EPA Wants to Clean Up Large Ocean-Going Ships

Canada Could Also Adopt an Harmonized Regulation
In a similar vein to what California is doing with ocean-going ships, the US Environmental Protection Agency (EPA) has proposed a new set of rules under the Clean Air Act that would require all U.S. flagged ocean-going vessels to meet stricter diesel engine and fuel standards, leading to cleaner air along the coasts of the US (and Canada, who's also working on a similar regulation).
So What Kind of Improvement are We Talking About?
"When fully implemented, the coordinated effort would reduce NOx emissions by 80 percent and PM emissions by 85 percent compared to current emissions." By 2030, that's about 1.2 million tons of NOx and 143,000 tons of particulate matter (PM).

The EPA writes:

The rule comes on the heels of a key part of EPA’s strategy, a proposal last March by the United States and Canada to designate thousands of miles of the two countries’ coasts as an Emission Control Area (ECA). The International Maritime Organization (IMO), a United Nations agency, begins consideration of the ECA plan this month, which would result in stringent standards for large ships operating within 200 nautical miles of the coasts of Canada and the United States.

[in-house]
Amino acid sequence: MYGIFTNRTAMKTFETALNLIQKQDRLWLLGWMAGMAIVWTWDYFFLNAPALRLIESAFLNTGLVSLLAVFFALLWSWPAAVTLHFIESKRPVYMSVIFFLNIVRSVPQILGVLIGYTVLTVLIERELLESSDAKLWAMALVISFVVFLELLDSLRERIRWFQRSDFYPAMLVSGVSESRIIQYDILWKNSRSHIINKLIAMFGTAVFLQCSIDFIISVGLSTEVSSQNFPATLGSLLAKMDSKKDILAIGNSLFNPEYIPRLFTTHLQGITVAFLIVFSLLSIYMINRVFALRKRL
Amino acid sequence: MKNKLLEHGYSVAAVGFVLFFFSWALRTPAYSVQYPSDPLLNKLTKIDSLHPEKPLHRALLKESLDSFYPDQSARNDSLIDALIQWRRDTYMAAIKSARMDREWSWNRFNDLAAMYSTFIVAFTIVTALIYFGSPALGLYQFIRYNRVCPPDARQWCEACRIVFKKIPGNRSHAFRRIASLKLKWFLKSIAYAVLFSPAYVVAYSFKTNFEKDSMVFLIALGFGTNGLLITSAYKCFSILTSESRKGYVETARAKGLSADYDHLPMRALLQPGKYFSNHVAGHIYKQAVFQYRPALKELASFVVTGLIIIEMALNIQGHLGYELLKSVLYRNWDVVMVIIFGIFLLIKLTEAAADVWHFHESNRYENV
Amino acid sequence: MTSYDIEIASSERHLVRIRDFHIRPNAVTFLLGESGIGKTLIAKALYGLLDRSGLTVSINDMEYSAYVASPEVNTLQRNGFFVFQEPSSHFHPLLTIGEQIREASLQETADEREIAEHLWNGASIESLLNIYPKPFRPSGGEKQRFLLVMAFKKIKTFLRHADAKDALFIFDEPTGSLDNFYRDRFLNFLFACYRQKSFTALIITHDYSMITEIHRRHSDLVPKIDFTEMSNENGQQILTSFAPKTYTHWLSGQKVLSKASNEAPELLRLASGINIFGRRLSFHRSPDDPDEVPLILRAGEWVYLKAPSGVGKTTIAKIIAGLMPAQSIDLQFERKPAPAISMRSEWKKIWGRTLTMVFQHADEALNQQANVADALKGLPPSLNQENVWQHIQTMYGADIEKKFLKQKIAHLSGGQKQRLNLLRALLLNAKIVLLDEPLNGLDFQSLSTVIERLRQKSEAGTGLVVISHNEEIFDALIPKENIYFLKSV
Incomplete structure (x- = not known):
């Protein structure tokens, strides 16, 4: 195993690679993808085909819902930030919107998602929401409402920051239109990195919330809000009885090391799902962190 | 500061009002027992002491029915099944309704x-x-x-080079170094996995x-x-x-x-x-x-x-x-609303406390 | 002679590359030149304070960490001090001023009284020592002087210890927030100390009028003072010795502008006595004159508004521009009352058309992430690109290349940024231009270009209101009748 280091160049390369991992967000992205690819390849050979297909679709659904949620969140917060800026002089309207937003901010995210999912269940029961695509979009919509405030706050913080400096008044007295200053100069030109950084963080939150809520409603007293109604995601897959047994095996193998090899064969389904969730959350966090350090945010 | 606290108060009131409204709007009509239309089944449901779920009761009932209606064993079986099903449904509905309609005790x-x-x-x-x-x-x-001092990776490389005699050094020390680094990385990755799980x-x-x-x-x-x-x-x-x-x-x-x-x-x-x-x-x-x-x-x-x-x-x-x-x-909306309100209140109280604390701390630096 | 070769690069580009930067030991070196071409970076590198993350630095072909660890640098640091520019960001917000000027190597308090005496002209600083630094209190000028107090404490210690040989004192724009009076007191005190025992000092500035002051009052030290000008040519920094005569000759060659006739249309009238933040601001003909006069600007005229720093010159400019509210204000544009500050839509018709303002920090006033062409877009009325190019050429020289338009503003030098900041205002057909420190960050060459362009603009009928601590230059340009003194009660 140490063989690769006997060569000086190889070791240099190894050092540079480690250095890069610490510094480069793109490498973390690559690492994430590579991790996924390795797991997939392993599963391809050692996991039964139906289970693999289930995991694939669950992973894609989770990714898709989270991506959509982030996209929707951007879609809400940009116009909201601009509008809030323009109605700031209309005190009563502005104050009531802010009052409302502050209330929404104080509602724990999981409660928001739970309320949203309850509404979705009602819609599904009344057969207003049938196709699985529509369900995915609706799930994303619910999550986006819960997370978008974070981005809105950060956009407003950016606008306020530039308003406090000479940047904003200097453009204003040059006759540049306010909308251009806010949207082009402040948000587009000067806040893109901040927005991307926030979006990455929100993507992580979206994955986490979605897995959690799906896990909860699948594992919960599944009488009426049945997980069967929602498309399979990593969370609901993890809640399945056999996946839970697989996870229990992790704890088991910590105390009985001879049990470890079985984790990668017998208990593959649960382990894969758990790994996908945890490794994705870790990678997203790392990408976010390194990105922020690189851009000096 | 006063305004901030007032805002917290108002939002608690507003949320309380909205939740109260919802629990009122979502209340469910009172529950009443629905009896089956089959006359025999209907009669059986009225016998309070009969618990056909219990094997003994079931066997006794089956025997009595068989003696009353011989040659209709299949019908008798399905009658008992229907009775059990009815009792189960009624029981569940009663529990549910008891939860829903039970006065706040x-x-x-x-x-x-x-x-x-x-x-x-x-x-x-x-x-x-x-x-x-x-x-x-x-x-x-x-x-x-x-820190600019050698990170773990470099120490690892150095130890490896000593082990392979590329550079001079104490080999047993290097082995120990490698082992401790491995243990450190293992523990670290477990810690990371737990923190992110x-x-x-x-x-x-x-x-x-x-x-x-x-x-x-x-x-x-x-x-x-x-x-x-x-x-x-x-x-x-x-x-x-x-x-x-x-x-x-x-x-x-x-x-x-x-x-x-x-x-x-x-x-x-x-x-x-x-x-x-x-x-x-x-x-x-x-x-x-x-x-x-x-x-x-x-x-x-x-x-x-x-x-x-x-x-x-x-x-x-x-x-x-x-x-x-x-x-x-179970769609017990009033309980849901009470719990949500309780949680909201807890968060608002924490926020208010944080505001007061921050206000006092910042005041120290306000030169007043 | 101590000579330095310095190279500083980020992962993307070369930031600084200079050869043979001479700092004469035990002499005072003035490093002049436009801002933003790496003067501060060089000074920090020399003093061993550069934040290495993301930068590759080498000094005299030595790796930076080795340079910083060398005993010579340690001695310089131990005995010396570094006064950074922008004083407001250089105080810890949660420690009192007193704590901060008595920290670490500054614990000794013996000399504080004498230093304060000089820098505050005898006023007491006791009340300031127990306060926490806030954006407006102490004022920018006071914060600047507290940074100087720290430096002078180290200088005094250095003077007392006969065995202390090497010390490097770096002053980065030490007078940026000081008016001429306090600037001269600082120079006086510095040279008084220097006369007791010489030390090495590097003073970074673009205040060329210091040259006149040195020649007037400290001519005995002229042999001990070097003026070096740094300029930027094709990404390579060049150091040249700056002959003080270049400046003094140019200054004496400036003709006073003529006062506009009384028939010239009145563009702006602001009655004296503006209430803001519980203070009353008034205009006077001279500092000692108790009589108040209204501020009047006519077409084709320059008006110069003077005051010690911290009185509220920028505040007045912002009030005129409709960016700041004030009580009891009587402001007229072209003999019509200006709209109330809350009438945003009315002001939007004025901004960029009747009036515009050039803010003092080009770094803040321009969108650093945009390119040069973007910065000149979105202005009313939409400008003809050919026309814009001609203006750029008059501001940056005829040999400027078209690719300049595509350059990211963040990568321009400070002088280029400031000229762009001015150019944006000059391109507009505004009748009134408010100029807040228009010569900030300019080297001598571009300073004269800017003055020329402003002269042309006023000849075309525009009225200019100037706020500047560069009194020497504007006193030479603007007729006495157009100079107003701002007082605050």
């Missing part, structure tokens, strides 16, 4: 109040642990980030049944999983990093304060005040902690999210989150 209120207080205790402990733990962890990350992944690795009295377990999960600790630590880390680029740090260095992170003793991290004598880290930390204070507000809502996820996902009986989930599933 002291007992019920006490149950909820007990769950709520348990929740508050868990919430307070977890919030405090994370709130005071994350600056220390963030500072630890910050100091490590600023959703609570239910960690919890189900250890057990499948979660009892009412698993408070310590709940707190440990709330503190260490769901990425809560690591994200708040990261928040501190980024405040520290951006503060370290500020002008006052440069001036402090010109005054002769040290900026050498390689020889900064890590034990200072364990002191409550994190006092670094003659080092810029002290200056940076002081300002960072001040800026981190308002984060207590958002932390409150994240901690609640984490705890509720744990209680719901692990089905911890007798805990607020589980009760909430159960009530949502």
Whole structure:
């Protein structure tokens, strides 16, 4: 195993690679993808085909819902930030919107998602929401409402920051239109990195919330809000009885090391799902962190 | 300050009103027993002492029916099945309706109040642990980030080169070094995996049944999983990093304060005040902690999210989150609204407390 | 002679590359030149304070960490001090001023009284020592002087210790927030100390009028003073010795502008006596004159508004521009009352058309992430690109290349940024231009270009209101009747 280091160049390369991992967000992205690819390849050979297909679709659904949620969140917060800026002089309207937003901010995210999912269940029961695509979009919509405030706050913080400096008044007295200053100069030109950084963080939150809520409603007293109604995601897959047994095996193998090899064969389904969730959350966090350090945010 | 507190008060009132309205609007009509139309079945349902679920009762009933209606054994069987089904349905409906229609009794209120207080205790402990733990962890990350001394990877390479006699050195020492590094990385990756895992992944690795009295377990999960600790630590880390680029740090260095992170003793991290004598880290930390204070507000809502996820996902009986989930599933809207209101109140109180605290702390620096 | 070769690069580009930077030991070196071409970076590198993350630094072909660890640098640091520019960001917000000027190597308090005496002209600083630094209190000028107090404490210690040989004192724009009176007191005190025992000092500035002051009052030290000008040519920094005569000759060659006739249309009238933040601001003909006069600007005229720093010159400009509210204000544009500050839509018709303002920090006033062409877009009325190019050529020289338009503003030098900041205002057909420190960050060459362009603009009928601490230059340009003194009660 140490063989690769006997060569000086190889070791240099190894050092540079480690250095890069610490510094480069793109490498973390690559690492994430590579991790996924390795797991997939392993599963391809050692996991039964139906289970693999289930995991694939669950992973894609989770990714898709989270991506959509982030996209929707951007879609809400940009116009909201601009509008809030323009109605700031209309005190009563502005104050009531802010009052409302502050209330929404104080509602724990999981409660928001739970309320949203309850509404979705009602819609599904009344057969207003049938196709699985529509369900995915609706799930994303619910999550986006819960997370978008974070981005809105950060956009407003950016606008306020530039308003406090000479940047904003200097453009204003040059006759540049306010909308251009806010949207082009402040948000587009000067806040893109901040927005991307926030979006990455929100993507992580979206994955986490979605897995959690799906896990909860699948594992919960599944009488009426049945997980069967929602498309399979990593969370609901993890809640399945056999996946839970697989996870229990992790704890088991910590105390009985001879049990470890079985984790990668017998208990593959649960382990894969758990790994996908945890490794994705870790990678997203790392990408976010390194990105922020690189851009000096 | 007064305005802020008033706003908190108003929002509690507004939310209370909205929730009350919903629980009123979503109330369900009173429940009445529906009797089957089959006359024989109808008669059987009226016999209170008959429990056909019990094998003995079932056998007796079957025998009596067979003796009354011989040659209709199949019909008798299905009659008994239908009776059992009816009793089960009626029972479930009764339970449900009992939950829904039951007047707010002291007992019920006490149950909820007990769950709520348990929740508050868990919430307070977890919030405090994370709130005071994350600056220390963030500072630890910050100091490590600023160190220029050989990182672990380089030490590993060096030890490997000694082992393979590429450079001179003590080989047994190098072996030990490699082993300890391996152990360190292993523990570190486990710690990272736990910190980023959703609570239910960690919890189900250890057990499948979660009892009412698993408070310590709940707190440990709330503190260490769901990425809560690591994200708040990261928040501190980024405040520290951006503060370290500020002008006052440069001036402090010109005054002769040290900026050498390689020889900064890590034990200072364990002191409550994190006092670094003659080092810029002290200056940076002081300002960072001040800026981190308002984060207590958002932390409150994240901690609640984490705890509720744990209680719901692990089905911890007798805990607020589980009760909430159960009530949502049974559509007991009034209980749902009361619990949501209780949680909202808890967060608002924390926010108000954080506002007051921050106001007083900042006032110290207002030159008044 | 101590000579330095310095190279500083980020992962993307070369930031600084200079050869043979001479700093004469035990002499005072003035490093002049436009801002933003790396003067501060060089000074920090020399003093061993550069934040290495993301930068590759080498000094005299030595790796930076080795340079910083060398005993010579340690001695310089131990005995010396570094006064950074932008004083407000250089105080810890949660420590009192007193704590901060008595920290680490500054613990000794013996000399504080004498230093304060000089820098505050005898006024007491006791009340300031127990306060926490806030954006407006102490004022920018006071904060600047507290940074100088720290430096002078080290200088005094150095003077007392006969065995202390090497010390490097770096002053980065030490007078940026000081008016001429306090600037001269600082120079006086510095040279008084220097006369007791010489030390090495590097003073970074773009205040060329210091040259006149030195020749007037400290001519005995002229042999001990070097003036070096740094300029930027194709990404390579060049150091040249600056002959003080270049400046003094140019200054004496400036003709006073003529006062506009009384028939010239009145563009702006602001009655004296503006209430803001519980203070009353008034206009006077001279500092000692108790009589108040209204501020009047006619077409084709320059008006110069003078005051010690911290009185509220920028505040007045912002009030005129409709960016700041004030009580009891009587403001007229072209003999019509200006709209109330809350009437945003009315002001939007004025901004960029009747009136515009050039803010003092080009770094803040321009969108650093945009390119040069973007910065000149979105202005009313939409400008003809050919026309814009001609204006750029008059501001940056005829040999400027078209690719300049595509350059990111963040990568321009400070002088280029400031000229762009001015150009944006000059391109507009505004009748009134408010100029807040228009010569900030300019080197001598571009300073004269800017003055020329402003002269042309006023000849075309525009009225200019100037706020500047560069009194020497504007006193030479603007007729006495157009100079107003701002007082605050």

200 miles! Now we're talking. California's new law only applied up to 24 miles from the coasts (for legal reasons), and just for one state. But if the whole US (and Canada) has a uniform regulation that requires cleaner burning engines and fuels, it won't as easy to just ship around the regulation. This should make a real different (if it is enforced properly).

As we wrote previously, cargo ships often have horrible emissions: "Just 15 of the world's biggest ships may now emit as much pollution as all the world's 760m cars"

There's also a good argument to be made that any extra costs from getting cleaner fuel and engines will be partially or completely offset by savings coming from a reduction of health problems and lost productivity.

Via EPA, Environment News Service
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